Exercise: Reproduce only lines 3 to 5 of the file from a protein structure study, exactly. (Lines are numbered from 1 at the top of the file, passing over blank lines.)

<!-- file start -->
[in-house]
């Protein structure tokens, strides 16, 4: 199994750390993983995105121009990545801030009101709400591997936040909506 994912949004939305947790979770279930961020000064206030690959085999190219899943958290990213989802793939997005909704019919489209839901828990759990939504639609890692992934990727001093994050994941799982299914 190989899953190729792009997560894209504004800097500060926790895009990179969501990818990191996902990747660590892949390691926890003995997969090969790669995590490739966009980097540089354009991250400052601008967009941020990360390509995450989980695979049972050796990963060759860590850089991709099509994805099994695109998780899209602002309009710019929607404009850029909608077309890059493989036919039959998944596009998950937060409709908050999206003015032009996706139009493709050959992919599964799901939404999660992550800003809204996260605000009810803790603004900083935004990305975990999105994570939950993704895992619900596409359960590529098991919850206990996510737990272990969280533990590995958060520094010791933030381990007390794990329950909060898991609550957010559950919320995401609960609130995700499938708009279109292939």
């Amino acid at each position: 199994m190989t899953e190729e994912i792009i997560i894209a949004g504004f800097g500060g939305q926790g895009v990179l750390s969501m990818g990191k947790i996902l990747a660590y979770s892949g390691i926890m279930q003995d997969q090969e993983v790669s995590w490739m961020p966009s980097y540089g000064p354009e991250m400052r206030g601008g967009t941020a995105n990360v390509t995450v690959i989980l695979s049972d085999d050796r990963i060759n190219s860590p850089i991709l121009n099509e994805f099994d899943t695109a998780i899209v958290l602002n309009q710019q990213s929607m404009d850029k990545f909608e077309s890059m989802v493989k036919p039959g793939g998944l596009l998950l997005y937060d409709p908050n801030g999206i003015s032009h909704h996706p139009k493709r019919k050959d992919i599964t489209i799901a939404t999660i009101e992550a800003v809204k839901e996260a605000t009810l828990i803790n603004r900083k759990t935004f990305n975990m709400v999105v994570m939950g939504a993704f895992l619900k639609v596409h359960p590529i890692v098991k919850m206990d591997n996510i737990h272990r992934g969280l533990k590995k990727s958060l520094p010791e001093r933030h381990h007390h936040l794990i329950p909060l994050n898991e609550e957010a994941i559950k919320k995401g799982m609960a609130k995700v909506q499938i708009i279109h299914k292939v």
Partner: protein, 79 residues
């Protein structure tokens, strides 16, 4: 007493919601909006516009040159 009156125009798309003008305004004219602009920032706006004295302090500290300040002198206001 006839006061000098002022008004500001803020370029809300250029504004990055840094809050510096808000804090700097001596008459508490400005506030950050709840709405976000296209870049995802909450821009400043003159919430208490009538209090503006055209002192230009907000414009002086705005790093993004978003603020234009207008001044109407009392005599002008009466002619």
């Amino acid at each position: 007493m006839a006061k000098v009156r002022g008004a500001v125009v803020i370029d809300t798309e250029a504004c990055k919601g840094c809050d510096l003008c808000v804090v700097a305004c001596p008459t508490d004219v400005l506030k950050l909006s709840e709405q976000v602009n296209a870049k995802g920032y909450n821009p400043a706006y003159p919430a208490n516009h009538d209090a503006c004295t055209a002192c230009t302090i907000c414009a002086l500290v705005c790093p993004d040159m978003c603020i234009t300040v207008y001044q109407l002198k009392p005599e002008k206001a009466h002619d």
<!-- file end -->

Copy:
């Amino acid at each position: 199994m190989t899953e190729e994912i792009i997560i894209a949004g504004f800097g500060g939305q926790g895009v990179l750390s969501m990818g990191k947790i996902l990747a660590y979770s892949g390691i926890m279930q003995d997969q090969e993983v790669s995590w490739m961020p966009s980097y540089g000064p354009e991250m400052r206030g601008g967009t941020a995105n990360v390509t995450v690959i989980l695979s049972d085999d050796r990963i060759n190219s860590p850089i991709l121009n099509e994805f099994d899943t695109a998780i899209v958290l602002n309009q710019q990213s929607m404009d850029k990545f909608e077309s890059m989802v493989k036919p039959g793939g998944l596009l998950l997005y937060d409709p908050n801030g999206i003015s032009h909704h996706p139009k493709r019919k050959d992919i599964t489209i799901a939404t999660i009101e992550a800003v809204k839901e996260a605000t009810l828990i803790n603004r900083k759990t935004f990305n975990m709400v999105v994570m939950g939504a993704f895992l619900k639609v596409h359960p590529i890692v098991k919850m206990d591997n996510i737990h272990r992934g969280l533990k590995k990727s958060l520094p010791e001093r933030h381990h007390h936040l794990i329950p909060l994050n898991e609550e957010a994941i559950k919320k995401g799982m609960a609130k995700v909506q499938i708009i279109h299914k292939v």
Partner: protein, 79 residues
């Protein structure tokens, strides 16, 4: 007493919601909006516009040159 009156125009798309003008305004004219602009920032706006004295302090500290300040002198206001 006839006061000098002022008004500001803020370029809300250029504004990055840094809050510096808000804090700097001596008459508490400005506030950050709840709405976000296209870049995802909450821009400043003159919430208490009538209090503006055209002192230009907000414009002086705005790093993004978003603020234009207008001044109407009392005599002008009466002619």